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|Governor of Kentucky|
|High school||Lafayette High School (1965)|
|Bachelor's||University of Kentucky (1974)|
|J.D.||University of Kentucky Law School (1977)|
A Kentucky native who grew up in Carlisle, Galbraith joined the Marine Corps after high school, though was discharged for medical reasons. He held odd jobs for several years and became active in politics in the late 1960s.
He returned to Lexington in 1971 and enrolled at the University of Kentucky. From there, he went on to law school.
Galbraith unsuccessfully sought the Democratic nomination for Agricultural Commission in 1983, the same party's nod for Governor in 1991 and 1995, and ran for the office as a Reform candidate in 1999.
In the 2000 and 2002 cycles, he ran for Congress. After losing both times, he ran for Attorney General of Kentucky as an Independent in 2003. In the 2007 elections, he again joined the Democratic party and ran for Governor once more.
Galbraith has written his autobiography, The Last Free Man in America. He is divorced with three daughters.
- University of Kentucky Law School, JD, 1977
- University of Kentucky, BA, 1974
- Lafayette High School 1965
According to his campaign site, "My view is that government’s role should be to uplift, enlighten, educate and ennoble the citizen, not oppress them with taxation and intrusive laws."
Galbraith's issue page listed positions of several policy areas at the state and federal level:
- Economic development, with a focus on job creation
- "Recommitting" money to education through a plan called the "Commonwealth Incentive," which includes vouchers for higher education and focus on vocational and training programs alongside college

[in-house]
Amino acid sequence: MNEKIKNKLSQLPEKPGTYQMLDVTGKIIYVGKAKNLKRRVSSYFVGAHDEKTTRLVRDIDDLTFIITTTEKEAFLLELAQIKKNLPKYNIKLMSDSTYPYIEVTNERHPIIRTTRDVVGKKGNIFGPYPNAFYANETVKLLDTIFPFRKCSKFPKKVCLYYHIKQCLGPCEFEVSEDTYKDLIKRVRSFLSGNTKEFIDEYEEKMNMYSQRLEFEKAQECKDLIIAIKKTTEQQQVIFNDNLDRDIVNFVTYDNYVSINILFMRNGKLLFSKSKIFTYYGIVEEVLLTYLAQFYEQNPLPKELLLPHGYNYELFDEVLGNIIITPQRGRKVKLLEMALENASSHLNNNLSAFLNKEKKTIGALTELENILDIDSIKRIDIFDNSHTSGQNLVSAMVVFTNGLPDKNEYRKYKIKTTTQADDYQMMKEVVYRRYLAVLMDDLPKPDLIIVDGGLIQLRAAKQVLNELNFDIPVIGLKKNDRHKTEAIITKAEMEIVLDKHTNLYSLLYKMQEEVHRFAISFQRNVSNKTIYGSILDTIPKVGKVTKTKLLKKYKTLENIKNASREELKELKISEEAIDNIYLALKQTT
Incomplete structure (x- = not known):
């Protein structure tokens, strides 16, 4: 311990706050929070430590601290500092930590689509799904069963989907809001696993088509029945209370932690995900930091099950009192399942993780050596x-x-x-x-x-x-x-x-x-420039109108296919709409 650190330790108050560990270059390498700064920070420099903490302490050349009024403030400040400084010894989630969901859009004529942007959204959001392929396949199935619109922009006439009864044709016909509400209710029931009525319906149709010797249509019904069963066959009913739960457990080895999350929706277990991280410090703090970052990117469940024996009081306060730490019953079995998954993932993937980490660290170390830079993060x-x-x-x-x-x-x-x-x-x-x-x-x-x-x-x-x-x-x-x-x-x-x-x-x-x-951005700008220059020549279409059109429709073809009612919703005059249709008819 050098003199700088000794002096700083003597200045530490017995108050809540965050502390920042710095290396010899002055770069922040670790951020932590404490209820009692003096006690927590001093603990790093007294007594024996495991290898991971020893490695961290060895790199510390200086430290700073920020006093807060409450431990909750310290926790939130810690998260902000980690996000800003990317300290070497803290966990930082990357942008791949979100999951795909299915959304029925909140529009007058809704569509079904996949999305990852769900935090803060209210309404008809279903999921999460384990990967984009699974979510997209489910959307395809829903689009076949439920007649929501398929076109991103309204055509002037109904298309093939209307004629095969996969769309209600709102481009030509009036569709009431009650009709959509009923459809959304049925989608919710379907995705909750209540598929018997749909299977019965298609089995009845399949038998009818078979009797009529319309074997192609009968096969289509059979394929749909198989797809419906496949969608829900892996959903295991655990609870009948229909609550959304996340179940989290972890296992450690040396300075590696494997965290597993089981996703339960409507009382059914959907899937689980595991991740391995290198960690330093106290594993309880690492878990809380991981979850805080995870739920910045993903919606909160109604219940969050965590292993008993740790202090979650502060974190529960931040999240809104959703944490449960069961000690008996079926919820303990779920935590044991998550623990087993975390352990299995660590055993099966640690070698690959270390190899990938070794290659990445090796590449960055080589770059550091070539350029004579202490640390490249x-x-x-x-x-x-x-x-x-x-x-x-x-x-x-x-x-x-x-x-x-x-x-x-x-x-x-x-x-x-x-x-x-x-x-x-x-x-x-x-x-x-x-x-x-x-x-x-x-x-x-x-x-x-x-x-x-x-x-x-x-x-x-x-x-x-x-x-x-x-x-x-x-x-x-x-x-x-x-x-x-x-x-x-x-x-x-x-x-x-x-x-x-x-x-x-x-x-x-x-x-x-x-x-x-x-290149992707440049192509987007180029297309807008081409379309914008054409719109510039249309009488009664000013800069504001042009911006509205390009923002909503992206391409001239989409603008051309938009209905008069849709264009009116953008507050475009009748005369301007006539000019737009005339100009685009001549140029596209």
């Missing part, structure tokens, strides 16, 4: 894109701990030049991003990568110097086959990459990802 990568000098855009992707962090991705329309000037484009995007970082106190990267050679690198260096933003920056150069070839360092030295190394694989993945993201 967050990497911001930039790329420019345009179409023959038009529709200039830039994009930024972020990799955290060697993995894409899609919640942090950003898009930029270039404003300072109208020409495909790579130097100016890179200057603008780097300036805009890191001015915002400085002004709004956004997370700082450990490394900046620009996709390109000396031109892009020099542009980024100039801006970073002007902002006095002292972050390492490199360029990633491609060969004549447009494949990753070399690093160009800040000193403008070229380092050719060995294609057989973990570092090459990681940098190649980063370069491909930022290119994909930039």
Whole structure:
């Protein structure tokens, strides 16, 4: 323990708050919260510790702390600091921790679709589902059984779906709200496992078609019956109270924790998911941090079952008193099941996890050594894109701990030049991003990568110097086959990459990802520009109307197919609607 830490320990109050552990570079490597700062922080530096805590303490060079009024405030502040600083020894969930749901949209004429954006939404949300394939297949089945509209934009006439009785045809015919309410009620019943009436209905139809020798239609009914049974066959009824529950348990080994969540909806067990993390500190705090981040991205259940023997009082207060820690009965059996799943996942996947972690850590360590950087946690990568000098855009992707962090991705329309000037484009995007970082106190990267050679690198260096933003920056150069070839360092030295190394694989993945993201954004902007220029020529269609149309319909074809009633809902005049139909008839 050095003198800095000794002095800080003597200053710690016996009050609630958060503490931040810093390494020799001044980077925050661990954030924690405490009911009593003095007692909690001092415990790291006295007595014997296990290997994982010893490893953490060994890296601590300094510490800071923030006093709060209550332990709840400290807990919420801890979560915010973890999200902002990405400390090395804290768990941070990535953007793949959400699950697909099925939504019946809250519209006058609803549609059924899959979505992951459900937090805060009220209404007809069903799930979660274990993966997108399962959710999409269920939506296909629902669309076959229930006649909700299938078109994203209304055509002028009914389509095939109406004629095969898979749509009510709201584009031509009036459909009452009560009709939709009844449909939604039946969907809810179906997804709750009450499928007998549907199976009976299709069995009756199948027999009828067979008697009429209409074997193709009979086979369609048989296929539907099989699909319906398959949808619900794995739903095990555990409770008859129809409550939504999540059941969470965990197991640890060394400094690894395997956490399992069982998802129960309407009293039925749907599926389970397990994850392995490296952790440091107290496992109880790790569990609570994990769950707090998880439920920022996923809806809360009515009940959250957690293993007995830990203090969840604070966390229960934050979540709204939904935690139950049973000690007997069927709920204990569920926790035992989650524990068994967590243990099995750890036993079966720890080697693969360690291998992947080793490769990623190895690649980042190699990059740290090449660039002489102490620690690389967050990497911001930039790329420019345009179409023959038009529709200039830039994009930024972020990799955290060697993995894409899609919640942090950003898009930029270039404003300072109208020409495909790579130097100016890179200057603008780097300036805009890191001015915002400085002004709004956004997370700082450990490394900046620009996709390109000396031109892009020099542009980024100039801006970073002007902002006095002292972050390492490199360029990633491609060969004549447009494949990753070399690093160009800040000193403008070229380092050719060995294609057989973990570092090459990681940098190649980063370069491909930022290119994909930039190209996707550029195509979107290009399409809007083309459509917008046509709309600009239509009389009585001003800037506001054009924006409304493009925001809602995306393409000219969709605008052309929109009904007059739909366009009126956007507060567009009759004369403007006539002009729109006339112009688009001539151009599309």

- Addressing "Mountain Top Removal," a coal mining method used in the economically blighted Eastern Kentucky region; Galbraith believes the value coal exports create are disproportionate to the economic return the area sees
- An expanded energy plan in line with that advocated by T. Bone Pickens
- Introducing casinos to compete with expanded states who do have legalized gambling
- The "Kentucky Bio-Industrial Development" plan, which would grow hemp as a cash crop in Kentucky
- Increased transparency
Federally, the Galbraith campaign took specific stances on numerous issues. He supported substantial healthcare reform but not "socialized medicine," fiscal conservatism on taxes, state sovereignty, Second Amendment rights, and clean energy without passing "Cap and Trade" legislation.
|Governor and Lt. Governor of Kentucky, 2011|
|Democratic||Steve Beshear and Jerry E. Abramson||55.7%||464,245|
|Republican||David Williams and Richie Farmer||35.3%||294,034|
|Independent||Gatewood Galbraith and Dea Riley||9%||74,860|
Galbraith ran unopposed in the May Primary election.
- Kentucky gubernatorial and lieutenant gubernatorial election, 2011
- Gubernatorial elections, 2011
- Governor of Kentucky
- Lieutenant Governor of Kentucky
- Steve Beshear